Singapore’s online grocery market is set to triple in growth over the next three years, from S$130m (US$91m) to S$0.5bn (US$0.35bn) by 2020, according to brand-new forecasts unveiled by international grocery research organisation IGD
At the end of 2016, IGD valued online grocery to have a 1.2% share of the Singaporean grocery market. Reflecting rapidly changing shopper habits in the region and increased investment in the online channel from retailers and suppliers, IGD is further forecasting online to take a 4% share of Singapore’s grocery market by 2020, with a compound annual growth rate of 39%.
Revealing the figures at the IGD RedMart Trade Briefing, held on 23 February in Singapore, Nick Miles, IGD’s Head of Asia-Pacific, said
: “Singapore is hailing a new era of digital grocery retailing, driven by the entry of RedMart in 2011, Giant and Sheng Siong launching online grocery in 2013 and plenty of smaller start-up businesses also looking to grab a slice of the action.
“Shopper habits are changing rapidly in South East Asia and in a compact city such as Singapore, with its relatively affluent population, big expat community and high penetration of internet and smartphone usage, there are huge opportunities for online grocery to meet these evolving needs. To make the most of this opportunity, retailers and suppliers must work together to ensure they really understand online shoppers and can tailor experiences and products to suit their personal preferences.
“First, retailers are looking to improve the overall online experience, by getting the basics of search functions, favourites, images and information right for shoppers. At the same time, they’ll be aiming to make delivery options as convenient as possible, whether that’s through shorter timespan delivery slots or greater choice of click and collect points throughout the region. Our UK data shows that 80% of shoppers cite convenience as their number-one reason for shopping online, and we would anticipate Singaporean shoppers to have a very similar mindset when heading online for their groceries.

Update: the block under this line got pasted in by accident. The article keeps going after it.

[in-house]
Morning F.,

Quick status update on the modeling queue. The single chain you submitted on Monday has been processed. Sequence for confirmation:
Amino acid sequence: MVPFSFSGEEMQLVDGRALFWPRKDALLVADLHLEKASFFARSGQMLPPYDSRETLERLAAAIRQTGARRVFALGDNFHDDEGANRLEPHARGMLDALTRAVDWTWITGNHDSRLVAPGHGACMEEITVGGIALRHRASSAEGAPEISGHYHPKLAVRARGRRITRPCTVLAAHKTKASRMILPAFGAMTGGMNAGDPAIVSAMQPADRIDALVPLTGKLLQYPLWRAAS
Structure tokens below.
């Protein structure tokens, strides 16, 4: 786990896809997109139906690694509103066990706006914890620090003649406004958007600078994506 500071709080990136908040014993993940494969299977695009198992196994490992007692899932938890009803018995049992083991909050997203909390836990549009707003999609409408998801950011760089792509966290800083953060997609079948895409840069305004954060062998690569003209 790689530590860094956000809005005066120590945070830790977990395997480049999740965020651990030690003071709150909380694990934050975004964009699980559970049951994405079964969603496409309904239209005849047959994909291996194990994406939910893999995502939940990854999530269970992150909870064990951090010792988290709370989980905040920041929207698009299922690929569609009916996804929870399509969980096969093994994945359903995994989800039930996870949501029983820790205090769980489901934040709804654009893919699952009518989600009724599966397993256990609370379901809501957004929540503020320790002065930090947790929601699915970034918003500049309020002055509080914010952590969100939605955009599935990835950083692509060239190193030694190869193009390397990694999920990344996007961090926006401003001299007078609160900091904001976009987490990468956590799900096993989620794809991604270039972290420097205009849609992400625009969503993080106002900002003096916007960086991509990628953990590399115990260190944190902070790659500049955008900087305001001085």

“We also expect online grocery retailers in the region to encourage shopper loyalty through personalised offers and products, plus subscription models and delivery saver passes. On top of that, shoppers in the region are increasingly connected via mobile, so ensuring a seamless shopping experience no matter what device they are using will be critical. Coupled with an increased focus on using innovations such as voice-activated technology, virtual reality and robotics, we predict huge opportunities for those retailers and suppliers who really invest in making the online grocery channel work for them in Singapore.”
Meanwhile, the growing importance of online retailing and e-commerce in Asia was highlighted, late in 2016, at an FIA Lunch Series on the topic: “E-commerce: Is it a disrupter or an enabler for the food industry” where the panellists suggested that due to technological advancement, evolving consumer trends and improved logistics, the growing e-commerce market in Asia faces both unique challenges and new opportunities.
Explaining the reasons for the growth of online grocery across Asia, Ms Shirley Zhu, Programme Director, IGD Services (Singapore), presented four main drivers: rise of the middle class, maturation of millennials, smartphone penetration and improvements in logistical infrastructure.
Dr Deborah Elms, Executive Director, ATC, said that e-commerce is viewed as a disruptor for many governments across Asia, which will pose serious regulatory challenges for brands with an online retail presence.
In order to have success in the online trade environment, Dr Elms added, companies need to set clear objectives and strategies, seek to educate government officials on the benefits of e-commerce and the importance of good regulation in this area, as well as partner with governments as part of efforts in improving food safety.